For our Sunday school kick-off, I lead the kids, age 3 – 2nd grade, in writing their own back-to-school psalms. I told them that God’s story didn’t end with the last book of the Bible–we are part of God’s story today. So we can write psalms about what we’re experiencing, what we’re feeling, and what we know about God–just like David and the other psalmists did.
My pattern for writing psalms with kids is:
This is what’s happening in my life… This is how I feel about it… This is what I want help with… (oops, forgot this one with the first group) This is what I know about God… This is what I’m going to do…
So here are the two psalms we wrote on September 10, 2017:
Back to School Psalm 1
God, this week we saw the Nina and the Pinta with our friends.
It is our sister’s birthday, and she thinks she’ll be 4 forever.
We did homeschool.
We are feeling happy and glad,
angry and sad,
God, we know that Jesus died on the cross for our sins.
We know that he’s our savior.
We know that he loves us.
In fact, if we say we love others and we don’t,
then we don’t love you,
because you are love.
Because of who you are and what you’ve done,
I’m going to be kind,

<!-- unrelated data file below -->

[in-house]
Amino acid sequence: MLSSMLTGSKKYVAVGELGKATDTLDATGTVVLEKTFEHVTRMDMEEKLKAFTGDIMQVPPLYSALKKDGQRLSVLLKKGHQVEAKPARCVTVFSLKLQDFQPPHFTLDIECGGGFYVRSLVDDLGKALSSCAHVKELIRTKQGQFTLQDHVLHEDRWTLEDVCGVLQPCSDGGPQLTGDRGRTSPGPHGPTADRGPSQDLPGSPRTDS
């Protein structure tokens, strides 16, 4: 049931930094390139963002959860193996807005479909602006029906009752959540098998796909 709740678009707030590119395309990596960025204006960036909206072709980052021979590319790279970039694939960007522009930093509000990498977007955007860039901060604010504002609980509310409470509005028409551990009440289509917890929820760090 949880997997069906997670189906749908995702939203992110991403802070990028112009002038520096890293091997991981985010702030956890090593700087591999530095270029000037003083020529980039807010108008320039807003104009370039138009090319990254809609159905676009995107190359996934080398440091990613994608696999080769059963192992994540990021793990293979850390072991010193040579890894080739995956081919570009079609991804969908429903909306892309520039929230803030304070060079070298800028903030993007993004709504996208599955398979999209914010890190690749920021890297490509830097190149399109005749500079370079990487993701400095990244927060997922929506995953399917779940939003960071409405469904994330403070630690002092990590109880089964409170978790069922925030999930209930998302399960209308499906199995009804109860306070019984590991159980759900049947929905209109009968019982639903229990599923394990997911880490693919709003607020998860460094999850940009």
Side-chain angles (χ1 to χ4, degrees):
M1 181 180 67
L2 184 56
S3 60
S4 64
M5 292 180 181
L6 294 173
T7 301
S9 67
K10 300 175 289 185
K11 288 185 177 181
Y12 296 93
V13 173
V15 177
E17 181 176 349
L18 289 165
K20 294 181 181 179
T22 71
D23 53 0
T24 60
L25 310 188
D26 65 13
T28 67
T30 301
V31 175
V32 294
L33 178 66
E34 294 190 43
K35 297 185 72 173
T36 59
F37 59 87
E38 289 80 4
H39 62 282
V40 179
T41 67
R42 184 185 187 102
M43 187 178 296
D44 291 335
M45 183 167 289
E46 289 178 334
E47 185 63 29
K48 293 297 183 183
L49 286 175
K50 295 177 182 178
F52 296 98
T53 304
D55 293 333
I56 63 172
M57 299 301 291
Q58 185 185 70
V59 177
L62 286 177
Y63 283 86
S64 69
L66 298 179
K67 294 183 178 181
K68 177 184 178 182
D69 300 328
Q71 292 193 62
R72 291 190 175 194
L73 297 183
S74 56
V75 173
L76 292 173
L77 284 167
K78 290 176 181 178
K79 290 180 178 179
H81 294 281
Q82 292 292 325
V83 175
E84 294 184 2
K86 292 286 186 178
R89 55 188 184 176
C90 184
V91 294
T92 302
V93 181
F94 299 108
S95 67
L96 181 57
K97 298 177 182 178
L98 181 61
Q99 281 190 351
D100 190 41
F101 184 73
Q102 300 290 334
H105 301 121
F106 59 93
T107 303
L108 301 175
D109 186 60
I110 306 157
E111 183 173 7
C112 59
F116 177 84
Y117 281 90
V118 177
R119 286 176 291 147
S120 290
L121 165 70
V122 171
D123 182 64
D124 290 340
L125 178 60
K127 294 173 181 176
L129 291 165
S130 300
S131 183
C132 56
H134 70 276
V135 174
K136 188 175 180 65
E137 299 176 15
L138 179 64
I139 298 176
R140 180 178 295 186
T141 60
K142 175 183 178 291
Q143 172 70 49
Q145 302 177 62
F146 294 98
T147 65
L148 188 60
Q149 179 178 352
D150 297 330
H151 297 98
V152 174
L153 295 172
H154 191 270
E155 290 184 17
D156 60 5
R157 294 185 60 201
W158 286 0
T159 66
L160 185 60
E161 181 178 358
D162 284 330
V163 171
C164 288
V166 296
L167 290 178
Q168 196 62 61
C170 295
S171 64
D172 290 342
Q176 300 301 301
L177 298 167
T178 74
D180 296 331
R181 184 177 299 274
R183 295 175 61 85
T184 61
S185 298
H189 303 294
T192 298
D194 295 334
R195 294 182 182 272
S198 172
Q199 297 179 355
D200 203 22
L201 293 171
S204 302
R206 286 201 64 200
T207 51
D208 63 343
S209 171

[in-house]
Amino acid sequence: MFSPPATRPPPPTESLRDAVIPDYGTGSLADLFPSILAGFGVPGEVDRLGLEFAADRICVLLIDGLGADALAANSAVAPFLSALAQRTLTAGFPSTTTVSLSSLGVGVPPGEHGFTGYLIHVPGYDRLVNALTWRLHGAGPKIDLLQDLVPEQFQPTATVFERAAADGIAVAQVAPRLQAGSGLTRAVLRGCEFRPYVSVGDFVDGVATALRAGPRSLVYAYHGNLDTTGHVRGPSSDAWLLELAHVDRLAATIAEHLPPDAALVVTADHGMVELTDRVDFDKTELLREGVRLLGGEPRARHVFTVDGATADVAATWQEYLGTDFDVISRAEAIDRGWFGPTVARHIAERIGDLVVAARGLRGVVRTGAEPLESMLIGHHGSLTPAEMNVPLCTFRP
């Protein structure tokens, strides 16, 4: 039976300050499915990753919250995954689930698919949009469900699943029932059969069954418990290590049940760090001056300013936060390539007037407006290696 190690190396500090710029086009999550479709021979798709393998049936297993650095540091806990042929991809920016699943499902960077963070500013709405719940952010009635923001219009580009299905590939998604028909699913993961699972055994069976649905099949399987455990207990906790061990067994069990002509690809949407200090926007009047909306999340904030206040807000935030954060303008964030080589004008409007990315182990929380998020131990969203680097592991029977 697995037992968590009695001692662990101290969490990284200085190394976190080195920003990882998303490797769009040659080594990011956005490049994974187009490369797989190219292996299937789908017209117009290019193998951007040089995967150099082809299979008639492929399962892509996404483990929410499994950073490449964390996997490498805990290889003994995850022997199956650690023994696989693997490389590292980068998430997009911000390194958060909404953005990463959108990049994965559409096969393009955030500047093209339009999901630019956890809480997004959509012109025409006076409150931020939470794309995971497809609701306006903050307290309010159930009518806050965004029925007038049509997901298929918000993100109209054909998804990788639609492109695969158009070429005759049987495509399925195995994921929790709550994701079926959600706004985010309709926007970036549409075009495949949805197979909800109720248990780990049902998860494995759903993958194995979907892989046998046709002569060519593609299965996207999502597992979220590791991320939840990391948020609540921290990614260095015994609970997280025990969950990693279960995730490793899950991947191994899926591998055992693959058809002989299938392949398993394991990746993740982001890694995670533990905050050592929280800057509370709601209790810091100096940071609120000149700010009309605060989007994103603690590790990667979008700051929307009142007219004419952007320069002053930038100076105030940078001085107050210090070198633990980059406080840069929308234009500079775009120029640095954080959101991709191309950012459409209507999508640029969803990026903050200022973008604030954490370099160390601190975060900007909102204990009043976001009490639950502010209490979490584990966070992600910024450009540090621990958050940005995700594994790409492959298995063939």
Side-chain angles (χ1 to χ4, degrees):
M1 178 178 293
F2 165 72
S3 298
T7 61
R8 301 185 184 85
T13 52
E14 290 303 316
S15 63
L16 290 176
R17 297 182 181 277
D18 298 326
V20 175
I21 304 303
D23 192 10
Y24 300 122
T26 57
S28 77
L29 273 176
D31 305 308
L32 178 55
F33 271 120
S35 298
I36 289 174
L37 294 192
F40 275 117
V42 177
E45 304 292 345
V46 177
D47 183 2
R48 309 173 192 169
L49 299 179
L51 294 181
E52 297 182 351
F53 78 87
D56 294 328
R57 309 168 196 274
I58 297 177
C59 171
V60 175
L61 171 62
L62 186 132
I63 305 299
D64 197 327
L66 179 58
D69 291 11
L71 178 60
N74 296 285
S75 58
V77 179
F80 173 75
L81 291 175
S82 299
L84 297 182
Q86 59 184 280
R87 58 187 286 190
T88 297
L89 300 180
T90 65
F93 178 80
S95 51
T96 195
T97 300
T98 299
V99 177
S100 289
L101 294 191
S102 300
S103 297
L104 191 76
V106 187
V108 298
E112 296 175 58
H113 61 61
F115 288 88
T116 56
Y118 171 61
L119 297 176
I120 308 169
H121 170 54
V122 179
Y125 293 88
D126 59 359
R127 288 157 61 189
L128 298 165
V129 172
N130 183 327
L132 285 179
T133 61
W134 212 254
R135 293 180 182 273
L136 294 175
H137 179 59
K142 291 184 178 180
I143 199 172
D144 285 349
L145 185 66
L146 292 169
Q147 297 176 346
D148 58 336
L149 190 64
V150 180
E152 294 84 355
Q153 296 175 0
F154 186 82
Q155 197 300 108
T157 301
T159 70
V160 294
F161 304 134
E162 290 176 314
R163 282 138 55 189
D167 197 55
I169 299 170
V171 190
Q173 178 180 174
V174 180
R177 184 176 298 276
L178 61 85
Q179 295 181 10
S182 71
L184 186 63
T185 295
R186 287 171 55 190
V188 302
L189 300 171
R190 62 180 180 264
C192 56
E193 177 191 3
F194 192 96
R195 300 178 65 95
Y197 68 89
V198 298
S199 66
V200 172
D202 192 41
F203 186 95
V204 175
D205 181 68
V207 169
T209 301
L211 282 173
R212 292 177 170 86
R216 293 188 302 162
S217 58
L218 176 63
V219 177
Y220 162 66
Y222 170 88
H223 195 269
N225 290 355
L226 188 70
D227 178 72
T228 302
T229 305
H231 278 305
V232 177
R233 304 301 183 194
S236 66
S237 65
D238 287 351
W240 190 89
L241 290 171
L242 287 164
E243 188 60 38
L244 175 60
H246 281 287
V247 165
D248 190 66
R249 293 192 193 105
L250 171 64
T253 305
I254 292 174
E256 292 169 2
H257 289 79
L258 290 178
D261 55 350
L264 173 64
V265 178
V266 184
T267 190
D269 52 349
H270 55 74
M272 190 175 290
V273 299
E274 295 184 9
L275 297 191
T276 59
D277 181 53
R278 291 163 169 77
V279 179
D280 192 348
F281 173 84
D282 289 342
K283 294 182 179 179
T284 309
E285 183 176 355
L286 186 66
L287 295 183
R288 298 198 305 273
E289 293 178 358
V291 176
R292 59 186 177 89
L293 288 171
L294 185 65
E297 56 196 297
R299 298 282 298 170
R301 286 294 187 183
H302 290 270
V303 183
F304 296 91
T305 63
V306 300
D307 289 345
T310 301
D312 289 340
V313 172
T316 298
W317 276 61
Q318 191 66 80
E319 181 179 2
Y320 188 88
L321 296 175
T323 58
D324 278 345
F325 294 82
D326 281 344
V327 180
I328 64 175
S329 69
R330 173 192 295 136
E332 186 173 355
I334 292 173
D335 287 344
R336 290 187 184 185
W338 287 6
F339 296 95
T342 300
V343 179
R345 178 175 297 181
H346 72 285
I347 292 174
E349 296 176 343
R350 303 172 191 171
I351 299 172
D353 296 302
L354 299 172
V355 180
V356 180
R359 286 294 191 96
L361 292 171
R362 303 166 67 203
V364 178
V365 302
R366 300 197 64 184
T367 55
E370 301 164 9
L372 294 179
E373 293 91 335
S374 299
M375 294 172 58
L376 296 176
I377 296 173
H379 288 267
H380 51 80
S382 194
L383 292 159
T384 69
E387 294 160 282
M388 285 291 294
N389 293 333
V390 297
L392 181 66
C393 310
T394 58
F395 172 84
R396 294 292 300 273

I’m going to share,
I’m going to be happy,
I’m going to put others before myself.
Back to School Psalm 2
God, this week some kids went to school for the very first time,
and some kids had their second week of school.
To be more precise, some kids had their 8th day of 1st grade.
We played with dinosaurs,
and we got tattoos.
Some of us are excited to have some days off school,
and others are sad to have days off school.
Some of us are happy about school,
and others are nervous and sad.
We need your help with singing when it’s superfast.
We need your help with school,
and especially with sharing.
We know that you made all natural things, and you provided materials and made people who can make things who made things like this table.
We know that you are here, here, here, here, and everywhere!
We know that you love us.
You love us so much that you know all our prayers–
there are no prayers where you say, “Nah, I don’t want to look at them.”